'When Death Comes' is an unashamed Funeral Doom record with a 'melodic' umbrella and, dare I say it, 'epic' tendencies either struggling to push through, or being gently kept at bay. Great swathes of mid tempo grief carry us pensively along for just over an hour, occasionally slowing and dimishing in volume, allowing time for respite and reflection. Vocals shift effortlessly between deep, stunning growls - for the bulk of the album - to occasional clean, harmonious, ethereal passages which plead for closer attention. The rhythms are stoical and metered out like a pallbearer's leather soles on the tarmac, while the drum fills help push the epic nature of the music to the fore. The rhythm guitars are rich and full and the lead lines and vignettes as good as anything conjured up this side of 1993. As to the peripheral instrumentation, the keyboards and cello are there to clothe the sound with a comforting effect; a warmth against the coldness of the subject matter in the lyrics, which chronicle some of the more harrowing predicaments of conscious existence. The music simply helps to soothe the pain, and let you know you're not alone. To be captured by 'When Death Comes' and put to sea on its undulating waves is undoubtedly a pleasure, although this is no easy ride, being as it is a subtle document of the suffering we can come face to face with, here on earth.

This is music for fans of Funeral (and Death/) Doom, pure and simple. An album by the genre, for the genre. That's not to say it doesn't have the potential for wider appeal, which it absolutely does, it just feels as though within the Doomy realm this album may well be looked back on as one of the quintessential records of its day. I'm not one for 'sound-a-likes' much, unless the music is so generic it leaves one no option, but I think if you've found your way to this website then Aphonic Threnody are a band whose acqaintance you could do well in making. Along the lines of saying if you like Hard Rock then you should give AC/DC a try. Aphonic's alumni have a pedigree within their ranks (Gallow God, URNA, Pantheist among others) which should give a rough idea as to who this may appeal to, and the guest musician slots are equally telling and impressive (Esoteric, Ennui). That said, I think they have the aesthetic and the capability of stretching further out into a broader realm, and the stunning video 'Meditation On Earth', featuring the track 'Death Obsession', will do them no harm in this endeavour.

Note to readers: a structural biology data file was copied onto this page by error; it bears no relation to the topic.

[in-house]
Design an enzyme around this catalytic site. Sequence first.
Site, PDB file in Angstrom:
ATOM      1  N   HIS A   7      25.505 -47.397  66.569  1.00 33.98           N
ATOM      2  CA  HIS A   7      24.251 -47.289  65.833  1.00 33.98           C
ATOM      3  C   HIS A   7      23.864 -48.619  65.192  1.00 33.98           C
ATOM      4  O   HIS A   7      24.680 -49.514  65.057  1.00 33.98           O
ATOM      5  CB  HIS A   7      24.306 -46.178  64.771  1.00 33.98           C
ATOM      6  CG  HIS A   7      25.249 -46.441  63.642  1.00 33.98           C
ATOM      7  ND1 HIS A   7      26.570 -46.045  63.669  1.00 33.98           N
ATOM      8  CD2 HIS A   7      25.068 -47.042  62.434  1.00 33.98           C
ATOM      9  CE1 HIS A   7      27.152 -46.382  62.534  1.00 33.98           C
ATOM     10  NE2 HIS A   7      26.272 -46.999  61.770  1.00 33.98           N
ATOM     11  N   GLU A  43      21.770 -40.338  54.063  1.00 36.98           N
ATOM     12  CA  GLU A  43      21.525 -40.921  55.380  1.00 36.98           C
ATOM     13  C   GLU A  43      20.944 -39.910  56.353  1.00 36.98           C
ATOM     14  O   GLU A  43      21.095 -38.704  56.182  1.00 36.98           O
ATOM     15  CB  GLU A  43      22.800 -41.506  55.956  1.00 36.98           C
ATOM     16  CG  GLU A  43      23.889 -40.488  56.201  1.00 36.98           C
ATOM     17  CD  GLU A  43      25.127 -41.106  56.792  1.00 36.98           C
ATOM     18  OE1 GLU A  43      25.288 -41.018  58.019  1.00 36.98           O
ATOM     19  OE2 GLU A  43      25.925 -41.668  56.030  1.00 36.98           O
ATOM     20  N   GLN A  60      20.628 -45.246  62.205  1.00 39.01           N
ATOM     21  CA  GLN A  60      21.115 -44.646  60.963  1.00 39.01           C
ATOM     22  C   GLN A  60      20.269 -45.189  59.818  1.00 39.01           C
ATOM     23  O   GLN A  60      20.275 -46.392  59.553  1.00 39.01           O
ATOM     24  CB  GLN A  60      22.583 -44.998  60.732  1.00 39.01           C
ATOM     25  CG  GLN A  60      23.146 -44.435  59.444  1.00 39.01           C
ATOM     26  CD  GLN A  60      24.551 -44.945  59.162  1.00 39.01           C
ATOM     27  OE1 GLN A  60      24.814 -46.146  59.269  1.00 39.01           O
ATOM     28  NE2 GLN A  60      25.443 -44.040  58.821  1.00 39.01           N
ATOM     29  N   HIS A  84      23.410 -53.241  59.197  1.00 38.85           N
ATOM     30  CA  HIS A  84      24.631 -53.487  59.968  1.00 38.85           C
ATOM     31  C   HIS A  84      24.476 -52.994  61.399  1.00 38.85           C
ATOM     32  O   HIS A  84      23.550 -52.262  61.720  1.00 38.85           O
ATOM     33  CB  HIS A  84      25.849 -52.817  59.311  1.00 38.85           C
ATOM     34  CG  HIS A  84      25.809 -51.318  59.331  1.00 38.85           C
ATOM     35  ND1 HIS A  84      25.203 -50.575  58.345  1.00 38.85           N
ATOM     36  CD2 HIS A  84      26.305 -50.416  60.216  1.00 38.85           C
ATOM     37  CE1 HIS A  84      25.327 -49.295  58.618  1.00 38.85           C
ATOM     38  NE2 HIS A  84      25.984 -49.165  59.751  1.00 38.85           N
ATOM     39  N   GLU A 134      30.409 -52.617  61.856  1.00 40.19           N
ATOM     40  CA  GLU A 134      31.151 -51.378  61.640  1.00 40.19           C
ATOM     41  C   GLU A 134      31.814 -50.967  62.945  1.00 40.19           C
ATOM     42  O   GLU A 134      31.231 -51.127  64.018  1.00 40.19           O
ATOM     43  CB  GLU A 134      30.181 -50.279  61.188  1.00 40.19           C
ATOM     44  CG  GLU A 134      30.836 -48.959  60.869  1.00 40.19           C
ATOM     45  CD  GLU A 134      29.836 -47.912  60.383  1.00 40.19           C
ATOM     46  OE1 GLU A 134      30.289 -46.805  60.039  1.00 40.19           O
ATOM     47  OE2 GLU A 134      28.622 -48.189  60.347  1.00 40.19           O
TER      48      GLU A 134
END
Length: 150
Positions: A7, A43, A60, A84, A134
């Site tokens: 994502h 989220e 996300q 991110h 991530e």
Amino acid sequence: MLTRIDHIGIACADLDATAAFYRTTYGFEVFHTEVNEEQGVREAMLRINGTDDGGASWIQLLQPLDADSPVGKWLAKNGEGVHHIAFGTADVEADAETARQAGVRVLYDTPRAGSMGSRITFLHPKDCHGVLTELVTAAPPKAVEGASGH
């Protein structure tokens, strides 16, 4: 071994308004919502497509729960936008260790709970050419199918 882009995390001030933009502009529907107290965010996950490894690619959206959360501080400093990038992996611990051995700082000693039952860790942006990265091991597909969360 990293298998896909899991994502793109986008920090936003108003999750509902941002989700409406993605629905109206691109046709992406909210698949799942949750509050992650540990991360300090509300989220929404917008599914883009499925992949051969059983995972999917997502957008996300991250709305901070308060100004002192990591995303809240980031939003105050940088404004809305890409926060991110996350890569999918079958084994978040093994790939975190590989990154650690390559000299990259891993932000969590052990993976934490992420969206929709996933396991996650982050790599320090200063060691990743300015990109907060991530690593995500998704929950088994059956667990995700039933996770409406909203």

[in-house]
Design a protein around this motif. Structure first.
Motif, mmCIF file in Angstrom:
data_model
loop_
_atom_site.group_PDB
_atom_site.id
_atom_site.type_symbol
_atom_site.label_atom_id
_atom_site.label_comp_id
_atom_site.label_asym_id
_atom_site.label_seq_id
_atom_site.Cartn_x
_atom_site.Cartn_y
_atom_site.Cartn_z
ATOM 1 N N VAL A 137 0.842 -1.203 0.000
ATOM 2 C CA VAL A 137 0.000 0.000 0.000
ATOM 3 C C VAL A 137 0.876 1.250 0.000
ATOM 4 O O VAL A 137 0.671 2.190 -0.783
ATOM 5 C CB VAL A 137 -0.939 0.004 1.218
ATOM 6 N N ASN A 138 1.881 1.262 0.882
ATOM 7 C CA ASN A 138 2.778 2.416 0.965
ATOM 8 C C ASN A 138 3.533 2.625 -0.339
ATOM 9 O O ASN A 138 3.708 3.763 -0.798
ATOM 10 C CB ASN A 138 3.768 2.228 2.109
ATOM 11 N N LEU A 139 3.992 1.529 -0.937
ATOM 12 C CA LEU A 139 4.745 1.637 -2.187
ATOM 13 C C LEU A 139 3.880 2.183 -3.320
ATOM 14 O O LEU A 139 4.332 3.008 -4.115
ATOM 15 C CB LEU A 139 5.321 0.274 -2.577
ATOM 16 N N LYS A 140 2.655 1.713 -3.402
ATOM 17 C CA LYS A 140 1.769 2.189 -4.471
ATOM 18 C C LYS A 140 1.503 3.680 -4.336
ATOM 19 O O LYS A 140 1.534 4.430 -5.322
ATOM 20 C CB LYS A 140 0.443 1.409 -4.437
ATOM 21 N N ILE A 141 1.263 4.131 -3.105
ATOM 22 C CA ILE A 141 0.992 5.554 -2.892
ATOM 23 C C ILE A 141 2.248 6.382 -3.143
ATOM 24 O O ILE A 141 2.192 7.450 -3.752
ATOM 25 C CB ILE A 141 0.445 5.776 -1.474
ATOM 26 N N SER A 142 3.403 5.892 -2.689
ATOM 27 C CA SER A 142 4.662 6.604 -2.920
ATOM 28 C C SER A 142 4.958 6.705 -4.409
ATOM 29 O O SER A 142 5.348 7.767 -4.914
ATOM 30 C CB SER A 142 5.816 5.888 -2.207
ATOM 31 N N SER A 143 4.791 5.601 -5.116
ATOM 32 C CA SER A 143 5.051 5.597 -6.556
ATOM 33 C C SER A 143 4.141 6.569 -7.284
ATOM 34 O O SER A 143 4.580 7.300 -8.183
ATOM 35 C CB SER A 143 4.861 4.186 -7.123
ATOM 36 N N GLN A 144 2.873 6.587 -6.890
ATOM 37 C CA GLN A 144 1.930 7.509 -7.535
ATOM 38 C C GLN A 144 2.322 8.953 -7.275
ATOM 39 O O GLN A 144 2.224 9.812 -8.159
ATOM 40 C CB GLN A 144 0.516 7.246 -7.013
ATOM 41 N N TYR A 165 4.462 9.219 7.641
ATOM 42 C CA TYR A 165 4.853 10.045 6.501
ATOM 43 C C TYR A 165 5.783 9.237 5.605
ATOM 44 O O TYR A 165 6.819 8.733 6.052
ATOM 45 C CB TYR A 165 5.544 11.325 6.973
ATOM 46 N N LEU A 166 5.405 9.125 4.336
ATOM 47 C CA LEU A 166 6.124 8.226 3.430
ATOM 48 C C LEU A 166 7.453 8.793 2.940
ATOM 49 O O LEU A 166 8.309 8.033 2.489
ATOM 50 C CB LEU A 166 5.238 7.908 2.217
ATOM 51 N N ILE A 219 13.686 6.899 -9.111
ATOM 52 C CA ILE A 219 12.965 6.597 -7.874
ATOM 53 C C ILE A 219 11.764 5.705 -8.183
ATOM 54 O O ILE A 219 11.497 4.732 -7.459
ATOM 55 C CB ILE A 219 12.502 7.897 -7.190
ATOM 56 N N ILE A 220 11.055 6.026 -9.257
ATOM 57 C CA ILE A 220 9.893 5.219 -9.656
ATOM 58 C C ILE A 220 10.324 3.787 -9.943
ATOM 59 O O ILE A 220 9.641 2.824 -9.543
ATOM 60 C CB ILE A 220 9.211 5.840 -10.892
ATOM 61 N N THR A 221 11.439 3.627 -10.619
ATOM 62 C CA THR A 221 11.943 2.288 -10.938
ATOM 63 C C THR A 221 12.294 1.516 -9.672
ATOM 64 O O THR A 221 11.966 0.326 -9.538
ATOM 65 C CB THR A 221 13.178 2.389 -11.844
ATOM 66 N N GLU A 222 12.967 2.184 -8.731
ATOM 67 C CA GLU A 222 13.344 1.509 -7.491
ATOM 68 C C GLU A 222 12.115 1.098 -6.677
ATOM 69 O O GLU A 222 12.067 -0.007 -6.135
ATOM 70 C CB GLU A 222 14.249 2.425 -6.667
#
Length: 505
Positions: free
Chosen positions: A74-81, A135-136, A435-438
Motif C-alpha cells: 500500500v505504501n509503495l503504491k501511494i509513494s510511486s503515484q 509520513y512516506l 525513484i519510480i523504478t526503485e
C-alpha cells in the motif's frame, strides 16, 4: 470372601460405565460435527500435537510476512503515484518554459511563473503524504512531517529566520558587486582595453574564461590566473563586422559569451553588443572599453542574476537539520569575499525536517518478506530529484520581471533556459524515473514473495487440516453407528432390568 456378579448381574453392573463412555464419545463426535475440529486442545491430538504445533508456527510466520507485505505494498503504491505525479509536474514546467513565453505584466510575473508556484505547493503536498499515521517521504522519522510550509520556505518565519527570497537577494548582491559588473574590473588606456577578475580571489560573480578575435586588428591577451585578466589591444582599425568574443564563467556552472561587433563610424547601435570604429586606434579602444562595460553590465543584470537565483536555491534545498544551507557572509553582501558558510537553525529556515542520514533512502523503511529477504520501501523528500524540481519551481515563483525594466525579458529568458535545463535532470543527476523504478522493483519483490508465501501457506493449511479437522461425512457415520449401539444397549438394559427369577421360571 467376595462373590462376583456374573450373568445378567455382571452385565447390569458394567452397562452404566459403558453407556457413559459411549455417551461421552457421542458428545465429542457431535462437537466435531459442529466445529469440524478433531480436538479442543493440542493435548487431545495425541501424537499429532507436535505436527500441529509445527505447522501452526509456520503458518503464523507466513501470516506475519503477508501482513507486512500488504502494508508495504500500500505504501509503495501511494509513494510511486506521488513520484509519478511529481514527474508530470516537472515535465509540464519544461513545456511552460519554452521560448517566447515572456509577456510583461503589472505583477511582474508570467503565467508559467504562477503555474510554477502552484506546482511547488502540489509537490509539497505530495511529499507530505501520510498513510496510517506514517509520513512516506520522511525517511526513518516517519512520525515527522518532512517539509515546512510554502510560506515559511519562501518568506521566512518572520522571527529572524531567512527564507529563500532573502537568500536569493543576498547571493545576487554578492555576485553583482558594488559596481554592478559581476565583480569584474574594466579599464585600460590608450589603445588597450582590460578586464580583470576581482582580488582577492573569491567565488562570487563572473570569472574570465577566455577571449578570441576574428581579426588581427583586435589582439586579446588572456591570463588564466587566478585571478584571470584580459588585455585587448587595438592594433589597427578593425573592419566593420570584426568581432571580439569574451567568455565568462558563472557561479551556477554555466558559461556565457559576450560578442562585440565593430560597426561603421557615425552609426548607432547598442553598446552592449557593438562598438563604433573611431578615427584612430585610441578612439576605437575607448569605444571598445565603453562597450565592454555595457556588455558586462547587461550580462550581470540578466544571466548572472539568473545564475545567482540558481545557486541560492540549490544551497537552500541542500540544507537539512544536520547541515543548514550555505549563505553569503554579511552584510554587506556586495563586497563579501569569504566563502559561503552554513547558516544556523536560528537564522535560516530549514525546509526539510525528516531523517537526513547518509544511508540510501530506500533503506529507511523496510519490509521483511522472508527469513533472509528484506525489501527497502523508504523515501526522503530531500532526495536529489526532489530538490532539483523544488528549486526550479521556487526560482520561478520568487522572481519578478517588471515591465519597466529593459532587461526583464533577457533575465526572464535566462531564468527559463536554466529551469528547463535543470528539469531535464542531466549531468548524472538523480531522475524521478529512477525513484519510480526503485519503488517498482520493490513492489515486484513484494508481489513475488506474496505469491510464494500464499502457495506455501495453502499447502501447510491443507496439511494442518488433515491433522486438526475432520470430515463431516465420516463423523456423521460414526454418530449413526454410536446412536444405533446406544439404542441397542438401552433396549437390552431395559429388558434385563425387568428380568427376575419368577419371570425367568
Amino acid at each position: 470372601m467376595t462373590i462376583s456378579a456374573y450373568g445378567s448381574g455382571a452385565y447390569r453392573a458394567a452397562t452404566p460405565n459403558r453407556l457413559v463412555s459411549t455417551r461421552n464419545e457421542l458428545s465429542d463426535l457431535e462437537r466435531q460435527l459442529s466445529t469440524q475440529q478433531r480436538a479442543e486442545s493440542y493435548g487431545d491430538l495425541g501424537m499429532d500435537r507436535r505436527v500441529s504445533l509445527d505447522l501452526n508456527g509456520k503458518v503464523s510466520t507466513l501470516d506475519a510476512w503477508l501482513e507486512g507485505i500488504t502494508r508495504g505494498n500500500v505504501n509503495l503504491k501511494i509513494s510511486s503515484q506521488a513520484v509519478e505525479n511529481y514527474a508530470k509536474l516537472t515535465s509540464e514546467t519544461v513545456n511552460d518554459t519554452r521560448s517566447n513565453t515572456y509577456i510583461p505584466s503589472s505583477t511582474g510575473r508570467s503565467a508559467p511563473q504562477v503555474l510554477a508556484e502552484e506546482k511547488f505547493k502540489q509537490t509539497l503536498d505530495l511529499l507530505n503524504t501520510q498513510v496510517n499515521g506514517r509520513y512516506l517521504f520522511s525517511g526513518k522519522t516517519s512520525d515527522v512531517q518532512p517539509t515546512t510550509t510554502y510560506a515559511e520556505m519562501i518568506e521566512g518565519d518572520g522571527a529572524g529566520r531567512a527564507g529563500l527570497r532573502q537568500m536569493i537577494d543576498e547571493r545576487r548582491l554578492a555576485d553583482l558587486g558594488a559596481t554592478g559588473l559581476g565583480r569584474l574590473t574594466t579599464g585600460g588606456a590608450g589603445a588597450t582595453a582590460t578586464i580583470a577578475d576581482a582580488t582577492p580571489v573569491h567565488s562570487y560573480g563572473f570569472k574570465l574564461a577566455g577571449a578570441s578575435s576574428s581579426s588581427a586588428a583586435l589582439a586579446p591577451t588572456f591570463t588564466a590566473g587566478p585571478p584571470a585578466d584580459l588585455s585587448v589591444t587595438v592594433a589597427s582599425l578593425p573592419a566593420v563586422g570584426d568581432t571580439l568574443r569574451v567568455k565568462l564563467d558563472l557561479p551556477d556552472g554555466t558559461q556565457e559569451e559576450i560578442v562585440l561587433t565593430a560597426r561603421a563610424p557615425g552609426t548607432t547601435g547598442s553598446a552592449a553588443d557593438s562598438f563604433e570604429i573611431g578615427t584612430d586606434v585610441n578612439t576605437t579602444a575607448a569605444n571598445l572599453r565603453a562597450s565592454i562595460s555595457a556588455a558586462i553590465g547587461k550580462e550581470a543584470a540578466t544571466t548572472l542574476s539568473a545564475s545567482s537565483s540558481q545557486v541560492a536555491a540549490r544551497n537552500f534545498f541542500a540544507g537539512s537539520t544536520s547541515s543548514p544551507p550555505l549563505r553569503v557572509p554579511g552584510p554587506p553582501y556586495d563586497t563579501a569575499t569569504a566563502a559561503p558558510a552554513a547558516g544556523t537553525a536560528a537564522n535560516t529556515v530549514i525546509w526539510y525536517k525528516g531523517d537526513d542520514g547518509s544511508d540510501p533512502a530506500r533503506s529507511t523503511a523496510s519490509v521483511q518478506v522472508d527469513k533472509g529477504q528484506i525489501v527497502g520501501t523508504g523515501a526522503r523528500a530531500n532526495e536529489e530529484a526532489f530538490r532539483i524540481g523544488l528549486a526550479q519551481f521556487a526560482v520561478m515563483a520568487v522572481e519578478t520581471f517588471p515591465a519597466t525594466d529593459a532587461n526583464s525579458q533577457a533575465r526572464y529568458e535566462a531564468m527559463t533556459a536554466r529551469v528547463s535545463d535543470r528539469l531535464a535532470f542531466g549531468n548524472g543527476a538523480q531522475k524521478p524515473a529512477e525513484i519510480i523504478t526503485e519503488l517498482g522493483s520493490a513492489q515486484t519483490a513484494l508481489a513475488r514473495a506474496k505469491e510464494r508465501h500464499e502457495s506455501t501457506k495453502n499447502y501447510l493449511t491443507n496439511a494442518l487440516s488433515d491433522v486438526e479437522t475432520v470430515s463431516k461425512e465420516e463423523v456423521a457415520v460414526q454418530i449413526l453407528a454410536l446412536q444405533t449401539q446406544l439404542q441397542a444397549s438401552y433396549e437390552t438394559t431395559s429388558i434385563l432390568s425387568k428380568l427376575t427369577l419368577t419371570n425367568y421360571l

Pictoral representation to complement the music is clearly taken seriously by the band, and the last, but by no means least, component part of the collective soul that is Aphonic Threnody is Valeria Spiga, the artist and friend of the band whose subtle, sepia images adorn the cover and inner sleeves. Beautiful studies of decomposition, of bones and of past life. A wonderful contrast to the pain dealt within the lyrics and the heaviness of the music.

The video title mentioned earlier is greatly apt, for meditating on the earth and finding an expression for their insight into some of its twisted domains is what Aphonic Threnody are doing to glorious effect, and according to the band it won't be ending here. With two more splits, a video, another album which is "already quite far in the works", as well as live aspirations for next year it seems this 'project' may well begin to take on a life of it's own. Here's hoping. It's not quite full marks, but it's damn close, and in any case with all that in the pipeline it'll be good to leave something in reserve, mainly because it is my humble opinion that the best is yet to come.

Click HERE to discuss this review on the doom-metal forum.

Reviewer's rating: 9/10


Tracklist :
1. The Ghost's Song
2. Death Obsession
3. Dementia
4. The Children's Sleep
5. Our Way To The Ground

Duration : Approx. 63 minutes

Visit the Aphonic Threnody bandpage.

Reviewed on 2014-12-07 by Matt Halsey
Thermal Mass
Advertise your band, label or distro on doom-metal.com